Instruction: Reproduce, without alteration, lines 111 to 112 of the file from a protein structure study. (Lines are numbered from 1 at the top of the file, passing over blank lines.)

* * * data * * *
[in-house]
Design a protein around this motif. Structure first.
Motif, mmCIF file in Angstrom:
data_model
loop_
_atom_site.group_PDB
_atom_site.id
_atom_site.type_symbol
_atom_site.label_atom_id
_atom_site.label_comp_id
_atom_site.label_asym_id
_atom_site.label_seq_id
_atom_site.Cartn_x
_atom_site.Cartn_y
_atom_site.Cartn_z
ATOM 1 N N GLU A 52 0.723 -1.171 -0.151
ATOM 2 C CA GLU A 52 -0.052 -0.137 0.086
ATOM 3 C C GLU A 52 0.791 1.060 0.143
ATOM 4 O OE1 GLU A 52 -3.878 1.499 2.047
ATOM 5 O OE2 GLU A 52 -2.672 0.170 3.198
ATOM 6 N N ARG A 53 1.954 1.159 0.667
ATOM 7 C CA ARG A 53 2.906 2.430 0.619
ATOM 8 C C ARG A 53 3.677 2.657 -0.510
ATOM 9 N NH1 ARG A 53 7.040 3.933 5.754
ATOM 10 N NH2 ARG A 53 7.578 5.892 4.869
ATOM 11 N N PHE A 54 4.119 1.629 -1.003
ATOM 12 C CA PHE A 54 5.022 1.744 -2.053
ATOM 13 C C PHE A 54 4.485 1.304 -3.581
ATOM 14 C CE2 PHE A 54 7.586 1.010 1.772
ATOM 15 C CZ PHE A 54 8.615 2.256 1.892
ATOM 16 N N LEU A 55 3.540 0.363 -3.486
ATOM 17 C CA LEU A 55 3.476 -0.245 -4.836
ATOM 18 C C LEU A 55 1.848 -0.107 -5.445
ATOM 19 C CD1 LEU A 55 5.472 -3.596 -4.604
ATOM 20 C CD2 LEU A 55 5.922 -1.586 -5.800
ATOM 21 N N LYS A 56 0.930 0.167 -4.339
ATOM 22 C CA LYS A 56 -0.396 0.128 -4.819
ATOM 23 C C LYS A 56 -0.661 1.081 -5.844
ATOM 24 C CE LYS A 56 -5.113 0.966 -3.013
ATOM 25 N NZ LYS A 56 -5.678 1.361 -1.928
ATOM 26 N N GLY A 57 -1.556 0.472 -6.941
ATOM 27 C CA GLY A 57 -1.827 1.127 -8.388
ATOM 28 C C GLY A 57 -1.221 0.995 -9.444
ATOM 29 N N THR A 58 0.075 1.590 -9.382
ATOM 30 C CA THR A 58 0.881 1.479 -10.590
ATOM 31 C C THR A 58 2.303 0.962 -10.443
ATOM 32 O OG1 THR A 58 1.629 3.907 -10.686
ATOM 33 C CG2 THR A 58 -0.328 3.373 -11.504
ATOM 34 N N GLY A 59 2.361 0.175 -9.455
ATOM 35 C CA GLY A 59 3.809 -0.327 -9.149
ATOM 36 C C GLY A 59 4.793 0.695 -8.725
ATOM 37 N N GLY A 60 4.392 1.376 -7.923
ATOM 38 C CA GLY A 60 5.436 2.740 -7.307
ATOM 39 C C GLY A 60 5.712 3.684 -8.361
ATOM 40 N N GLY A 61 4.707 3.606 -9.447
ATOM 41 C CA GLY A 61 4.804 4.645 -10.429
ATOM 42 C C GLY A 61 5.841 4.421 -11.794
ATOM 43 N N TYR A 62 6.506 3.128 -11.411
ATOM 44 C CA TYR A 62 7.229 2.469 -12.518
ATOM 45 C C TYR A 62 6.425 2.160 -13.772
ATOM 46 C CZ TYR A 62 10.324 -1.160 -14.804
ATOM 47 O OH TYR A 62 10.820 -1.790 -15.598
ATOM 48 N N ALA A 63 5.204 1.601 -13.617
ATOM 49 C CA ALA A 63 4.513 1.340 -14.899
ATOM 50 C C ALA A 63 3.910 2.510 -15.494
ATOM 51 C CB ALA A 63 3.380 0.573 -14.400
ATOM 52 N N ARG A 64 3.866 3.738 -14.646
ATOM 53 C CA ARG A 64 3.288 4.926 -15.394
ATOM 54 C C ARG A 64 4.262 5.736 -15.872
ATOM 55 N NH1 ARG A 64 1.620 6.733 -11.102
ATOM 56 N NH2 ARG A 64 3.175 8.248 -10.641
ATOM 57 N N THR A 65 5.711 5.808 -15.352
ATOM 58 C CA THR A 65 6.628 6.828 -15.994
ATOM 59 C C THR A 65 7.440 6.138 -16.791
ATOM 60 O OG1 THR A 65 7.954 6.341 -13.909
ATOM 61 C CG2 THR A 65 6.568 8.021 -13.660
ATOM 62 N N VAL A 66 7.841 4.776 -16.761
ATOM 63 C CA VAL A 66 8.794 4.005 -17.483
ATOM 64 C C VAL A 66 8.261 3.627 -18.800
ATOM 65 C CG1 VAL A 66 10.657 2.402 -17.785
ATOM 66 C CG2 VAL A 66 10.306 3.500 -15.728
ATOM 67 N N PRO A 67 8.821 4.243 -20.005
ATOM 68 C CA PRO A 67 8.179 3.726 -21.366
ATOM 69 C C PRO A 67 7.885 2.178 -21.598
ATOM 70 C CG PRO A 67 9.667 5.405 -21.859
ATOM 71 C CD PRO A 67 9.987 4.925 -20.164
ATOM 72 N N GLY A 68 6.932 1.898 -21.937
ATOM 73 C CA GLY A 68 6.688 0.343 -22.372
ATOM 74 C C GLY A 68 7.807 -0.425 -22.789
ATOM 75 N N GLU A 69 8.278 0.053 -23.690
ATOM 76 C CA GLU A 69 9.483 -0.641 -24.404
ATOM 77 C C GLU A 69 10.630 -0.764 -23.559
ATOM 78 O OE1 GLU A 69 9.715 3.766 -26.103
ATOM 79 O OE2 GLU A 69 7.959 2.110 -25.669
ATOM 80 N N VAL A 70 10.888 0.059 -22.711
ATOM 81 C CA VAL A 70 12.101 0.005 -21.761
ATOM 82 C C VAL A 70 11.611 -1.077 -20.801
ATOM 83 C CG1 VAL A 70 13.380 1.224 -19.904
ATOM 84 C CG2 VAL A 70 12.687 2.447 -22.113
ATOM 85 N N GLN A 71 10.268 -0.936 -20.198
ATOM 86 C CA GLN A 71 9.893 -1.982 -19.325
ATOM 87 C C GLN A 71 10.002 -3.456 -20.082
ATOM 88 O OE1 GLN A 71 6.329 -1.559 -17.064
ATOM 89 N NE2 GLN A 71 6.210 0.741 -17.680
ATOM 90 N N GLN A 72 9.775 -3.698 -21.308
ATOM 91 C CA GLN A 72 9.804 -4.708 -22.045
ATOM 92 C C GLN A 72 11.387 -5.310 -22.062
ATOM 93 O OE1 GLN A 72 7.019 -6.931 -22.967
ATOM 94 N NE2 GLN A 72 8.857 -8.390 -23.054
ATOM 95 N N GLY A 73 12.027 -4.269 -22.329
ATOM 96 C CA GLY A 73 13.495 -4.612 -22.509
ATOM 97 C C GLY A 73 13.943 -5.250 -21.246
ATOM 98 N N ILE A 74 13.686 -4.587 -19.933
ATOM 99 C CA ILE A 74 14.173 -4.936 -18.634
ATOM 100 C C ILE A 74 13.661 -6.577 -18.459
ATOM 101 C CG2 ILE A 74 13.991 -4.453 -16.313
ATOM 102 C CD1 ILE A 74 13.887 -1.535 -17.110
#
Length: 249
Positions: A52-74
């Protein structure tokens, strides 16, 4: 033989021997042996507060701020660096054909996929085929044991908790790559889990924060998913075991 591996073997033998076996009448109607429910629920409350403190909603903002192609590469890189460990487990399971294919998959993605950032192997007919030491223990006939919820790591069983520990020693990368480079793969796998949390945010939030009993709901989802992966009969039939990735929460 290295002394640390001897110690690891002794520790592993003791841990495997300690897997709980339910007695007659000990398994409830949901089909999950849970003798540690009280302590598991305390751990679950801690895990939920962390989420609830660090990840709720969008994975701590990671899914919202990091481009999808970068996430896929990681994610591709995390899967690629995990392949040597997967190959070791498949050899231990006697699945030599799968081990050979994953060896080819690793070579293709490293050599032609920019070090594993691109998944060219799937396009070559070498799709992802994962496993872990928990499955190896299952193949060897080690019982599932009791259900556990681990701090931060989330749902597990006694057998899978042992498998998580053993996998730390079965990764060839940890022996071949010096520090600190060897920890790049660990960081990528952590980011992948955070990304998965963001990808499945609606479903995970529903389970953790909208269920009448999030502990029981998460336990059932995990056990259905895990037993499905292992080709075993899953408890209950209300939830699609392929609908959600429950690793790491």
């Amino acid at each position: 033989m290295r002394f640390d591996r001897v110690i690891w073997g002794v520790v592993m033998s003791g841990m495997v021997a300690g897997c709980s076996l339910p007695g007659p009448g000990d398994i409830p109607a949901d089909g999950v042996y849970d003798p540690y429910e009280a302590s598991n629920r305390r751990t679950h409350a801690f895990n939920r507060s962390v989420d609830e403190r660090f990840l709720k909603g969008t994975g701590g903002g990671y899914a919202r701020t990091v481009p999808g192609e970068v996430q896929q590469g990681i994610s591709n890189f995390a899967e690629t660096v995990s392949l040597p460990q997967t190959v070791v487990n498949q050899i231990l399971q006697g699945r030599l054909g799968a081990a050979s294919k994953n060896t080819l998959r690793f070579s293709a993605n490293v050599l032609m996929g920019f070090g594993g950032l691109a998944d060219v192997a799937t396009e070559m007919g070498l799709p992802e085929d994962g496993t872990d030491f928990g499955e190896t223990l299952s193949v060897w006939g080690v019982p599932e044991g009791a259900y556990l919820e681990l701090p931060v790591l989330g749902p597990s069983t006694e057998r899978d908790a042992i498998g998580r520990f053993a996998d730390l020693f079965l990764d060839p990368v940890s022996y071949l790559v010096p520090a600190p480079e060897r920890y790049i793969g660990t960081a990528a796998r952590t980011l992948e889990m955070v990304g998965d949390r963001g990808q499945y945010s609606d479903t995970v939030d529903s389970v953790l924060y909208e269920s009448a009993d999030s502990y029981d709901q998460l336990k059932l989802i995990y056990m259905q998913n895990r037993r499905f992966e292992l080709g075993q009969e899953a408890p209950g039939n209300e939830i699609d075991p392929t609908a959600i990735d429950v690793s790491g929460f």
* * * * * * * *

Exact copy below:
ATOM 96 C CA GLY A 73 13.495 -4.612 -22.509
ATOM 97 C C GLY A 73 13.943 -5.250 -21.246